The Teardrops weathered a potentially devastating change when longtime second guitarist John Primer cut his own major-label debut for Code Blue, but with Slim and bass-wielding brother Nick Holt still on board, it's doubtful the quartet's overall sound will change dramatically in Primer's absence. In 1996, Slim signed with Blind Pig and has cut some of the most-celebrated albums of his career, including Scufflin' in 1996, Black Tornado in 1998, Snakebite in 2000, and Blue Magic in 2002. A live recording taped in 2005 at the Sierra Nevada Brewery was released that same year on both DVD and CD as Anything Can Happen. Tin Pan Alley, a set of recordings made between 1992 and 1998 in Chicago and Europe, was released in 2006 by Austria's Wolf Records. Midnight Blues appeared in 2008.
Despite the prominent presence of celebrated blues artist Howlin' Wolf in her family tree, singer Zora Young grew up singing not blues, but gospel. Even when the Mississippi native shook off her roots at the age of seven to relocate with her family to Chicago, she attended the Greater Harvest Baptist Church and continued to sing gospel. It wasn't until later that she switched over to R&B, and evolved into a powerhouse blues vocalist with three decades of experience behind her. She has performed with a long list of artists, including Junior Wells, Jimmy Dawkins, Bobby Rush, Buddy Guy, Professor Eddie Lusk, Albert King, and B.B. King. Her recording credits include collaborations with Willie Dixon, Sunnyland Slim, Mississippi Heat, Paul deLay, and Maurice John Vaughn, among others.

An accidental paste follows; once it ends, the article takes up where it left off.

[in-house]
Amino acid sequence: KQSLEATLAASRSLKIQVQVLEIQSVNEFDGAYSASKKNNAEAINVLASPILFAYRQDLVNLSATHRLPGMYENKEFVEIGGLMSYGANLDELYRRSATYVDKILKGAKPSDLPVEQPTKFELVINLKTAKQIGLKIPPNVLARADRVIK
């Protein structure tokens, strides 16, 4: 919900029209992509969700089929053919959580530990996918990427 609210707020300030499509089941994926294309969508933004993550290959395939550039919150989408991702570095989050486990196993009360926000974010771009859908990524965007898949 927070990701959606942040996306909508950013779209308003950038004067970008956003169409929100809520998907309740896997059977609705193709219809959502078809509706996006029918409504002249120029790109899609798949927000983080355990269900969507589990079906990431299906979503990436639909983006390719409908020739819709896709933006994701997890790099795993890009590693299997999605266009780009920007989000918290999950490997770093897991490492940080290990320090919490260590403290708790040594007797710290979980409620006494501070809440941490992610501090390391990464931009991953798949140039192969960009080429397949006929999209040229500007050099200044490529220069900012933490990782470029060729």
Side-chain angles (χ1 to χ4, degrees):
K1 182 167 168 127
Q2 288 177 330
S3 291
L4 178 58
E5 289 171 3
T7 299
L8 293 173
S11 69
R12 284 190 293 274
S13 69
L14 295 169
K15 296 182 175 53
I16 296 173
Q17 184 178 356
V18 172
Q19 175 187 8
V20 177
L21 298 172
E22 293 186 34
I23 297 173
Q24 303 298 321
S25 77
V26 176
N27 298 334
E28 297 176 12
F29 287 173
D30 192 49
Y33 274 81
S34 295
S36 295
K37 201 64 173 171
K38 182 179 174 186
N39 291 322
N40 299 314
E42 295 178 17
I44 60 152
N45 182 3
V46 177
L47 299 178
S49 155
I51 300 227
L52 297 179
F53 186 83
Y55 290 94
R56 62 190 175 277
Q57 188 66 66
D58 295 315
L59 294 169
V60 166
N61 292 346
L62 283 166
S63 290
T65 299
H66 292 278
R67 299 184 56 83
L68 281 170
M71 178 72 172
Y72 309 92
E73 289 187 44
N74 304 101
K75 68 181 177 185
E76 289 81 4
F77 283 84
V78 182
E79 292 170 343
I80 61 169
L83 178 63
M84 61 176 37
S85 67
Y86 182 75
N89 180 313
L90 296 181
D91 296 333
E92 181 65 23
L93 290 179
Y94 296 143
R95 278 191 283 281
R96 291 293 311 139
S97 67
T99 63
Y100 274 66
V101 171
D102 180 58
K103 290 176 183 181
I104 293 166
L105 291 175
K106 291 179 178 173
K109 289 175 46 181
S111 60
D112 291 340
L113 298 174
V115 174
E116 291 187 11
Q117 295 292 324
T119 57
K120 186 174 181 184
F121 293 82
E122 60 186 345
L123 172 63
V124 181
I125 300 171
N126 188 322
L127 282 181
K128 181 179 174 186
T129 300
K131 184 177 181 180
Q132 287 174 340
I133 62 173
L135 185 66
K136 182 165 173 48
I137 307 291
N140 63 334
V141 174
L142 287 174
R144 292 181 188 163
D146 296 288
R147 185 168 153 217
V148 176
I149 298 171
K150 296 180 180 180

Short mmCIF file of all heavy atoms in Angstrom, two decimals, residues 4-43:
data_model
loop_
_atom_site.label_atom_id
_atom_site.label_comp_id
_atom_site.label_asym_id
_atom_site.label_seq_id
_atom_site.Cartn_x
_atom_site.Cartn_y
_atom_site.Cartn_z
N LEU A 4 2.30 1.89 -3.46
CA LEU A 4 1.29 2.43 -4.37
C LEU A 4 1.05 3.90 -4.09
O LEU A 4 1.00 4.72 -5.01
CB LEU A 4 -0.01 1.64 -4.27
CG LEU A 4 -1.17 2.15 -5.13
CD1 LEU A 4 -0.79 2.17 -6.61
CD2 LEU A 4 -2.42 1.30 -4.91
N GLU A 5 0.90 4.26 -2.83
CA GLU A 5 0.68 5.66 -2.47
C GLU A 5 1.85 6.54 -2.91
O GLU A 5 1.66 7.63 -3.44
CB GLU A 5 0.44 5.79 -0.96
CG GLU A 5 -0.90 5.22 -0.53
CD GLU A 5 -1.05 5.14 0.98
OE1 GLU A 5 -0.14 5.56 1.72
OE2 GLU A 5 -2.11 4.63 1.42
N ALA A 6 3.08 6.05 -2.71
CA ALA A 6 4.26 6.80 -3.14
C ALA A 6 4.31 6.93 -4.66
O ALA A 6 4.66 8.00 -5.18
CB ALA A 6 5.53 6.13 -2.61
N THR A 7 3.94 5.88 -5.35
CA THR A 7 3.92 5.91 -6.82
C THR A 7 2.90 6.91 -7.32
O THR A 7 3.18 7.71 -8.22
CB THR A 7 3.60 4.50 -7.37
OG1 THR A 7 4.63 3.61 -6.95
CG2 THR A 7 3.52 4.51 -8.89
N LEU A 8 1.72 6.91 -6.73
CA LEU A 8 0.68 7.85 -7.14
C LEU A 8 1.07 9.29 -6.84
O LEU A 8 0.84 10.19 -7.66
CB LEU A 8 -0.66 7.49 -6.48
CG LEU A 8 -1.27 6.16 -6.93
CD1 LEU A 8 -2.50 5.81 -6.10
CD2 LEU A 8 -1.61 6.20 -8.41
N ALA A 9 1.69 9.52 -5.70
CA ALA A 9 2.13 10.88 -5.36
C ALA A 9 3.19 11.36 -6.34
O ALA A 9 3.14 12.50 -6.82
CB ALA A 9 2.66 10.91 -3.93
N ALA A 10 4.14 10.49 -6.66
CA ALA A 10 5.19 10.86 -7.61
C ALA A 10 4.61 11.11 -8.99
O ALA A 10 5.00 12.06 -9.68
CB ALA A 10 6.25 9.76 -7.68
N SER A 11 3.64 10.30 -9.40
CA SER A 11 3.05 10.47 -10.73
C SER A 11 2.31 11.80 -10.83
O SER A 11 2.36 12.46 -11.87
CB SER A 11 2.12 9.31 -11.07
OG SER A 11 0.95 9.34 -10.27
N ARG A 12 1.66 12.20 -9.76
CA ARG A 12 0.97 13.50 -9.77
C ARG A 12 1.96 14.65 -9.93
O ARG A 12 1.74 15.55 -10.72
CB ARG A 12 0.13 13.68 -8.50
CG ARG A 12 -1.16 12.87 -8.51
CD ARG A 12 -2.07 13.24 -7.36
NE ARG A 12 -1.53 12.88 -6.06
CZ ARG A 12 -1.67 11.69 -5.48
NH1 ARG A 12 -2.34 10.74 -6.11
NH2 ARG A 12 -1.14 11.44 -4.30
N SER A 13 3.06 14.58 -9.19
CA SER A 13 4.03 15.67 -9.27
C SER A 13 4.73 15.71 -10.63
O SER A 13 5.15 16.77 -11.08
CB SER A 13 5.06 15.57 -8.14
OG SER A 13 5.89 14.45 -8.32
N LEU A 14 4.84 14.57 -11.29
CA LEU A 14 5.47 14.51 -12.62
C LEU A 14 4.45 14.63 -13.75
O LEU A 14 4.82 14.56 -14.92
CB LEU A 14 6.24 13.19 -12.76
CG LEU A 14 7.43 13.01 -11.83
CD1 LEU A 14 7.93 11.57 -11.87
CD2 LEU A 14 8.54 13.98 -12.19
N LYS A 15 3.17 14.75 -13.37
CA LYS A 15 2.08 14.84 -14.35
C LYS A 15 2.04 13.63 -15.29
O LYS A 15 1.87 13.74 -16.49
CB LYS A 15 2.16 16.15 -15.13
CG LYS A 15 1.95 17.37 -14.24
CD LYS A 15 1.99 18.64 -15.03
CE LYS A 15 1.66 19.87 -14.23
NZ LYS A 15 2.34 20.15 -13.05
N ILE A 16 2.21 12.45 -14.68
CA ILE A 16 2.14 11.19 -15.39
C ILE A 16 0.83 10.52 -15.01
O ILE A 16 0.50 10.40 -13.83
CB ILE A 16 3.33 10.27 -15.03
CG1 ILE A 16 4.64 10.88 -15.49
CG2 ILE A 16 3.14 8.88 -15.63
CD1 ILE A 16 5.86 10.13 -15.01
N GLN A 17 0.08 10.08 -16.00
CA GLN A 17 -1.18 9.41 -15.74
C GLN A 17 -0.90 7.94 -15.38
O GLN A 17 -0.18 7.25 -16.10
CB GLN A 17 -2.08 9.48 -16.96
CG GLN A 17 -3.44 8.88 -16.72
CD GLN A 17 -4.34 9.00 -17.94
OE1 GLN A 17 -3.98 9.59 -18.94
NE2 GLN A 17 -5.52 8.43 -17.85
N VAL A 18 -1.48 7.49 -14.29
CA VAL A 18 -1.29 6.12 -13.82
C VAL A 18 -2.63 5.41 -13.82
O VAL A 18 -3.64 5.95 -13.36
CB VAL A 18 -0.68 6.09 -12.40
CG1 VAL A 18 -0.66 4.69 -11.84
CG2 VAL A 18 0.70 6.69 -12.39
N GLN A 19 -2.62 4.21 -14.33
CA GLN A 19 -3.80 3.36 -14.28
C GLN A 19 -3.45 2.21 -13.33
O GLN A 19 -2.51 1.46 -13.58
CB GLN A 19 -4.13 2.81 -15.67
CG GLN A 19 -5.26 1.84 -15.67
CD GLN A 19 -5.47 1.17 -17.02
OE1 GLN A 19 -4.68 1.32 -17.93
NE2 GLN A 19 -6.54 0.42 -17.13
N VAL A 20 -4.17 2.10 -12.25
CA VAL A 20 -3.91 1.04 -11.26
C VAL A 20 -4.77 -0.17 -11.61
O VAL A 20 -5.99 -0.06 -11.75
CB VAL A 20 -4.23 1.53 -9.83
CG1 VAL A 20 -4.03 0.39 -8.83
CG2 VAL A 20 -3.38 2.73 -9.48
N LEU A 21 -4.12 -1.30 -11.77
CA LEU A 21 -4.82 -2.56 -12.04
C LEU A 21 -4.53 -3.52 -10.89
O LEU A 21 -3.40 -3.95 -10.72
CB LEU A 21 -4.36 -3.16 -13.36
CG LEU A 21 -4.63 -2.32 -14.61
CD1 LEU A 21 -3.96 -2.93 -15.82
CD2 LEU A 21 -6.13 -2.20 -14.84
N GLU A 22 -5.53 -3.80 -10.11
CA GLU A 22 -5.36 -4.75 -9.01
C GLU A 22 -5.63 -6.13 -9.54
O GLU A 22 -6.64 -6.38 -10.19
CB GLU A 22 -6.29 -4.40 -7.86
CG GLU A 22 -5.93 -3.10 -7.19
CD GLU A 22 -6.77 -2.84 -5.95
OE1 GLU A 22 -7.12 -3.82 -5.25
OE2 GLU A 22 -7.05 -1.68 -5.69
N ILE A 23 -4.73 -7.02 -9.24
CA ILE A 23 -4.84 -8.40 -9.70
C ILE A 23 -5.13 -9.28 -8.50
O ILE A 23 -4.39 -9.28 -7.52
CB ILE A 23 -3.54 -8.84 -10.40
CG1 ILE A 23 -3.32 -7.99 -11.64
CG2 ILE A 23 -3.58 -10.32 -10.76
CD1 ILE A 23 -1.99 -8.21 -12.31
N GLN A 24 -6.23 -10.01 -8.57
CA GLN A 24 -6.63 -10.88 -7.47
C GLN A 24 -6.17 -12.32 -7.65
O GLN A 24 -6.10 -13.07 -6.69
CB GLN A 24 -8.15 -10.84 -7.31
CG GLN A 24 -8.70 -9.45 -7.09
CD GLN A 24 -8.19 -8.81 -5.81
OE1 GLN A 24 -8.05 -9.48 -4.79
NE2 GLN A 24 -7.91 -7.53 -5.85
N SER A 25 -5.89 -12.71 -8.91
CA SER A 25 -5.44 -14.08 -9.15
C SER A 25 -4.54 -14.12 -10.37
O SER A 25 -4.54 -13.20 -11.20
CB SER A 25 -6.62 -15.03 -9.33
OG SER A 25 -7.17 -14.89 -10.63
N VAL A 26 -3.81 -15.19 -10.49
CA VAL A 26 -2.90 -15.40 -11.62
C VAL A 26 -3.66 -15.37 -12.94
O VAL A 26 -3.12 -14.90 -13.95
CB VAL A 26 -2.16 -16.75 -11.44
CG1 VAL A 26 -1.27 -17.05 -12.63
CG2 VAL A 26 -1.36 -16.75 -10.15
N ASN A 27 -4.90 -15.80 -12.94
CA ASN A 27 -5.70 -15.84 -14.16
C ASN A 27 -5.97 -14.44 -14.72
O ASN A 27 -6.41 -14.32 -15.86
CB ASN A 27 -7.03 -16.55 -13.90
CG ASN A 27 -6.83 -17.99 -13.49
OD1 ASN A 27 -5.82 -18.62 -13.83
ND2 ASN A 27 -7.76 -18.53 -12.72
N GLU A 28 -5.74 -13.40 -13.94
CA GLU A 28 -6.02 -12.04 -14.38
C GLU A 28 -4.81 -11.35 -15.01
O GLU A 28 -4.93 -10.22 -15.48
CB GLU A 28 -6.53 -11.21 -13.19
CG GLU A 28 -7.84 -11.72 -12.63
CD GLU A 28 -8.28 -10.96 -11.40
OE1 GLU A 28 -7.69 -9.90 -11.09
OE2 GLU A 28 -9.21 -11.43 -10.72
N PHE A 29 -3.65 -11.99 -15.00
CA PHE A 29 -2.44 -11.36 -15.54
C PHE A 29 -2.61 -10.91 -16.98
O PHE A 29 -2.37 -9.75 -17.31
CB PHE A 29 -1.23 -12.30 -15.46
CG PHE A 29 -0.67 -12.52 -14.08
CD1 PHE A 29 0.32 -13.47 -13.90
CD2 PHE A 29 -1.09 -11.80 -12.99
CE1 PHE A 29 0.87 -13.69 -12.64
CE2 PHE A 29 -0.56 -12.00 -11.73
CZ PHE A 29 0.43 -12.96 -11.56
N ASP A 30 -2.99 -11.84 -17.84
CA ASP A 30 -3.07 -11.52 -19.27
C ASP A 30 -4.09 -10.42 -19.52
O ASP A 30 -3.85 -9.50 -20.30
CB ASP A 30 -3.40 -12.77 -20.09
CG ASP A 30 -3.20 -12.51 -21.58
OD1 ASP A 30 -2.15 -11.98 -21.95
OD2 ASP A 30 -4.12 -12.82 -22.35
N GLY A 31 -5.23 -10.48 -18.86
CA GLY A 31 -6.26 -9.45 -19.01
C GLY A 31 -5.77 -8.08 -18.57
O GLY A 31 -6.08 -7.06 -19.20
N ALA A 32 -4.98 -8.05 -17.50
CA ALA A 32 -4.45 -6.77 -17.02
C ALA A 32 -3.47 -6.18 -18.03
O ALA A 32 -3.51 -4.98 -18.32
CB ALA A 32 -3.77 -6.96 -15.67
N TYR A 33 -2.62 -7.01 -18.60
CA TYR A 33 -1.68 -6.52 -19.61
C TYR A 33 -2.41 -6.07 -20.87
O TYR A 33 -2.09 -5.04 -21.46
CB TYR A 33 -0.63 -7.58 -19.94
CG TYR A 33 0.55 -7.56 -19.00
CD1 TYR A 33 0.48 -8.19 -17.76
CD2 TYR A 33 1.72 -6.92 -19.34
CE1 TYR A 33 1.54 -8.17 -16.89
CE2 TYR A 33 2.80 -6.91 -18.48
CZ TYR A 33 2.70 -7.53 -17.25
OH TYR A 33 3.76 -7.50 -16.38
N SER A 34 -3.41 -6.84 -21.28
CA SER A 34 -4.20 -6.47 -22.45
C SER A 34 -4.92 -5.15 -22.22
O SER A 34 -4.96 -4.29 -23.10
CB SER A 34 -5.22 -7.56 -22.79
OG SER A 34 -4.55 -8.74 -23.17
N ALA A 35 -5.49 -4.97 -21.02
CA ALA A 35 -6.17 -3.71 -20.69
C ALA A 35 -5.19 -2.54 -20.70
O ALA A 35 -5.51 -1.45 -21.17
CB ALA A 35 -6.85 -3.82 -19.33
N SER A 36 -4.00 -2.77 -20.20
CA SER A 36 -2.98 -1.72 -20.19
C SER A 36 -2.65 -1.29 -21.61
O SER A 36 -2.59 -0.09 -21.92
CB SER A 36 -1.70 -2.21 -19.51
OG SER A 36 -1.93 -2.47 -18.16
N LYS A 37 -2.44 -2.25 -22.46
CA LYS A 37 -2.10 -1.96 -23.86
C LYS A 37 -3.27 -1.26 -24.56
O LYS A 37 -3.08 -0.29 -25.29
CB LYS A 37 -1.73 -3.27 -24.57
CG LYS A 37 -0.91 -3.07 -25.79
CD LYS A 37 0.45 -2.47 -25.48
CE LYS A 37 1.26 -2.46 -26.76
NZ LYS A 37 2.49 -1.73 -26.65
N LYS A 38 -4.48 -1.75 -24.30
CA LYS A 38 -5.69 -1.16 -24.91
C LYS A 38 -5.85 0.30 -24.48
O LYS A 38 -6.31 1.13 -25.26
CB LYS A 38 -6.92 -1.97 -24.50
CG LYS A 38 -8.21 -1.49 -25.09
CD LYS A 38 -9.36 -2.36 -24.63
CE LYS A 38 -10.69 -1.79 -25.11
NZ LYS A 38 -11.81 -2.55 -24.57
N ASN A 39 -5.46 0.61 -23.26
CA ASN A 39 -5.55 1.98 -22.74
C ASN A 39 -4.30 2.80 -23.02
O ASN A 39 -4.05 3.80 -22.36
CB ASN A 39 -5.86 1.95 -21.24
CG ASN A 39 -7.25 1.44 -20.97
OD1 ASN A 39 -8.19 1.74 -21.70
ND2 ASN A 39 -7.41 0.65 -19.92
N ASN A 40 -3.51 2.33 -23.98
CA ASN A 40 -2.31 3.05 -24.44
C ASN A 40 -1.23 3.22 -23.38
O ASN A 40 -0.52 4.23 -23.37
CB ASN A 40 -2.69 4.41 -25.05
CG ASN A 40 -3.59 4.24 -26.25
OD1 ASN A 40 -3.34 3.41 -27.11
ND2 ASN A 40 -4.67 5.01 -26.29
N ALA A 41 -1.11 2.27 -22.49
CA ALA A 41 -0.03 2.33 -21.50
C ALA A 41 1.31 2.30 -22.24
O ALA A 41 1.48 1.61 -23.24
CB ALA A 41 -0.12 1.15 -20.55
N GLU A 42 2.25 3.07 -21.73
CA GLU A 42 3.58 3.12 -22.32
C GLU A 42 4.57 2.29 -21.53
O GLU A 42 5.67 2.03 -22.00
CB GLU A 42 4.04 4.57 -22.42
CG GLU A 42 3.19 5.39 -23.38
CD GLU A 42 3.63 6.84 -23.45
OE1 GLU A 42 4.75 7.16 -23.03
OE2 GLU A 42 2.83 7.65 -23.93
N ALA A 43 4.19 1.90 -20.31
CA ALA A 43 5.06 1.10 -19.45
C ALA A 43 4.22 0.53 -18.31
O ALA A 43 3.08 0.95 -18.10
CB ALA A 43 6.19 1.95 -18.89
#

Her own recordings as a solo artist include releases from the labels Deluge, Black Lightning, and Delmark. Young has also performed on both stage and television. She is a veteran of more than 30 tours of Europe, and has been a featured performer three times at the Chicago Blues Festival. She has performed throughout North America, and on stages in Italy, Germany, Belgium, Sweden, France, Switzerland, Greece, Austria, Tai Pei, and Turkey. Her albums include 1991's Travelin' Light from Deluge Records and two releases from Delmark Records, Learned My Lesson in 2000 and Tore Up from the Floor Up in 2005.
When your mother plays nothing but the Blues in the house, your cousin is Blues titan Magic Sam, and you grow up in the same building with him on the west side of Chicago, you have little choice but to be firmly rooted in the Blues.